James Stuart to Josephine Butler

Scope and Content

Written from Cambridge. Incomplete letter (first sheet only). Stuart recounts a conversation, which he had had with Fawcett [see note] in which they discussed the differences and similarities of the two causes primarily affecting women: Women's Suffrage and the cause for the Repeal of the CD Acts. In Fawcett's view the great difference was the strength of the religious impulse in the Repeal agitation, and that in his opinion this was so strong that 'nothing would stand against it'.

Administrative / Biographical History


'How very grand it is about the Quakers'

10 Nov 1873 Friends Repeal Association formed: £10,000 to be raised (Rough Record 259).

Subscriptions in aid of Repeal were announced to the sum of nearly £5000 - £10,000 in all is to be raised. (From 'Shield' Nov 29 1873 p 385). This also gives us an approximate date of the conversation between James Stuart and Henry Fawcett related in this letter

'in talking [with Fawcett] about women's suffrage about which he is not very hopeful'

Hopefully launched in 1866 with a petition of nearly 1500 signatures for the enfranchisement of women and introduced into the House of Commons by John Stuart Mill, the suffrage cause made little obvious progress for the rest of the century - converts to the cause were made but little impact was made on the House of Commons. Prime Ministers thought not personally hostile never could find time to give to the question and the majority of MPs remained anti-women suffrage

'I enclose a note of his [Mr Stuart] to me about Mr Fawcett'

Mr Stuart in a letter to JB [14 Nov 1873] related that he and Mr Fawcett (the blind MP and Professor of Political Economy of Cambridge 1863-1884 d.1884) had had a discussion about the differences and similarities of the two causes primarily affecting women, namely Women Suffrage and the Abolitionist cause. This arose out of the gift made by the Quakers of £5000 (with a ceiling of £10,000) for the Repeal of the CD Acts. He said 'where for instance would you find one small religious body subscribing for women's suffrage; that kind of thing alone shows how intense the feeling is' and again 'the strength of the religious impulse in that question is simply such that nothing would stand against it'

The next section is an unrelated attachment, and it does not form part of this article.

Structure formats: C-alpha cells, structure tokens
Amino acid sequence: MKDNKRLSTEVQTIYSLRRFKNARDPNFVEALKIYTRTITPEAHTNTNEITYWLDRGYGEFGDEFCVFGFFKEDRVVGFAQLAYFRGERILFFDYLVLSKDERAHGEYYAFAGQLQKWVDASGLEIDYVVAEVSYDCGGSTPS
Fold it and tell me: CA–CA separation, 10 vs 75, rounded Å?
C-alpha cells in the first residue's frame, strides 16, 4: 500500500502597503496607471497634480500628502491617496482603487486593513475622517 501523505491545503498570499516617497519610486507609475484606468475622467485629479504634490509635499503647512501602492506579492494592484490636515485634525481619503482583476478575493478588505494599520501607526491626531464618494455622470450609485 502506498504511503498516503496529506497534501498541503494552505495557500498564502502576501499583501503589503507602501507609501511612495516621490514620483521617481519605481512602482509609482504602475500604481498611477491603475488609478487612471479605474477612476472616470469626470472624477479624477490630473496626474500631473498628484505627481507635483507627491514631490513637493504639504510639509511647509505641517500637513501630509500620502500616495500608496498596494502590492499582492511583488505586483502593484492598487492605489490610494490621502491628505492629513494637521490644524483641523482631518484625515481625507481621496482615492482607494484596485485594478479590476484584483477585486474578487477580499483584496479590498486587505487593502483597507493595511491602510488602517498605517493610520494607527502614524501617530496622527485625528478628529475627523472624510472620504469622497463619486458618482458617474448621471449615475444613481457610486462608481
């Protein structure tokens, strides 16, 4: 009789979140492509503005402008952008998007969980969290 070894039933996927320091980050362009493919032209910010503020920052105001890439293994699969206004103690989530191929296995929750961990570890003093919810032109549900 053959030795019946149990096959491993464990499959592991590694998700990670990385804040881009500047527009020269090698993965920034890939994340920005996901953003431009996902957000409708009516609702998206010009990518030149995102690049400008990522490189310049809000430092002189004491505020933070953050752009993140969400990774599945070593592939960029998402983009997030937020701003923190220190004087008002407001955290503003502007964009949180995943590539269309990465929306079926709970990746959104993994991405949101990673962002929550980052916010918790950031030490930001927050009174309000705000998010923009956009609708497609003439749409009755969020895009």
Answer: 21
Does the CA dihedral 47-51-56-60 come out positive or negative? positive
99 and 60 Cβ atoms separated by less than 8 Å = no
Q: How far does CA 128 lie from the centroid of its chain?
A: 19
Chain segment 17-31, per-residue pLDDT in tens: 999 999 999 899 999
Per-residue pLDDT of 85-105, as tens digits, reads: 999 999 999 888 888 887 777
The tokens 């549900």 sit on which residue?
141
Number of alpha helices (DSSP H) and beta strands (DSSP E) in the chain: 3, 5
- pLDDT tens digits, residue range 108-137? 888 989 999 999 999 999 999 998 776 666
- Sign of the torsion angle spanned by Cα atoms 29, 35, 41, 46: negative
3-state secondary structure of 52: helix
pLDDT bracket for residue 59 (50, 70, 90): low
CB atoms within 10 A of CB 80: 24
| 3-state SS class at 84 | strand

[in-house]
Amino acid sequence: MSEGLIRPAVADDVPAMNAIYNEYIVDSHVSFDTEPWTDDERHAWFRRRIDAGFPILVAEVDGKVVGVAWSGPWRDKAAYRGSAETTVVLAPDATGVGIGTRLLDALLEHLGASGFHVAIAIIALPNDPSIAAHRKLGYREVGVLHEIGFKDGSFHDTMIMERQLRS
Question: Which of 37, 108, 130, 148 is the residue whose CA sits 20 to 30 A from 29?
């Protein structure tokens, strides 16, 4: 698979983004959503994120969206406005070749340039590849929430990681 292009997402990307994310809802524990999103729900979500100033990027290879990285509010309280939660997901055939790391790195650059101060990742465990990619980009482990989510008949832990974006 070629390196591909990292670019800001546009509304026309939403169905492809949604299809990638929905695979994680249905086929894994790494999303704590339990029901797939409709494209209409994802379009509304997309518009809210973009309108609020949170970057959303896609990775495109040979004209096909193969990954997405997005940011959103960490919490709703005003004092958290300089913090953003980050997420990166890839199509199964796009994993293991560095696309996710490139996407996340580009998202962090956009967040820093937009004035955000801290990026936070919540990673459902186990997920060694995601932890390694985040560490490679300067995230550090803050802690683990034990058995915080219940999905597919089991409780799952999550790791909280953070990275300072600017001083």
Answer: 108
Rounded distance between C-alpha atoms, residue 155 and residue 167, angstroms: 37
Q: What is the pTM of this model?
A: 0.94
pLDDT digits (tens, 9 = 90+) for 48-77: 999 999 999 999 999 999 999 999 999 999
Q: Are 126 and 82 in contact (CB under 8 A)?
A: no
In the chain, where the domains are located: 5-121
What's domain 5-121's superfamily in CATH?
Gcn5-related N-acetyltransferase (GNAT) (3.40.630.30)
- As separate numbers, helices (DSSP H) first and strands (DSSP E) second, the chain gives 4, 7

'Storks of Colchester in the matter of CD Acts'

See note in letter of JB to Mr HJ Wilson 5 Nov 1870

'to ... Pontefract you had a perfect right to go ...'

See note letters of JB to Mr HJ Wilson 23 Aug 1872. Henry Fawcett and James Stuart were both resident at Cambridge at this time; Fawcett was a Professor of Political Economy 1860 to his death in 1884; Stuart was a Fellow of Trinity College, Cambridge, and in 1875 was elected 1st Prof of Mechanism and Applied Mechanics'. (See Biographical index for further details)

Biog: James Stuart, Henry Fawcett, Sir HK Storks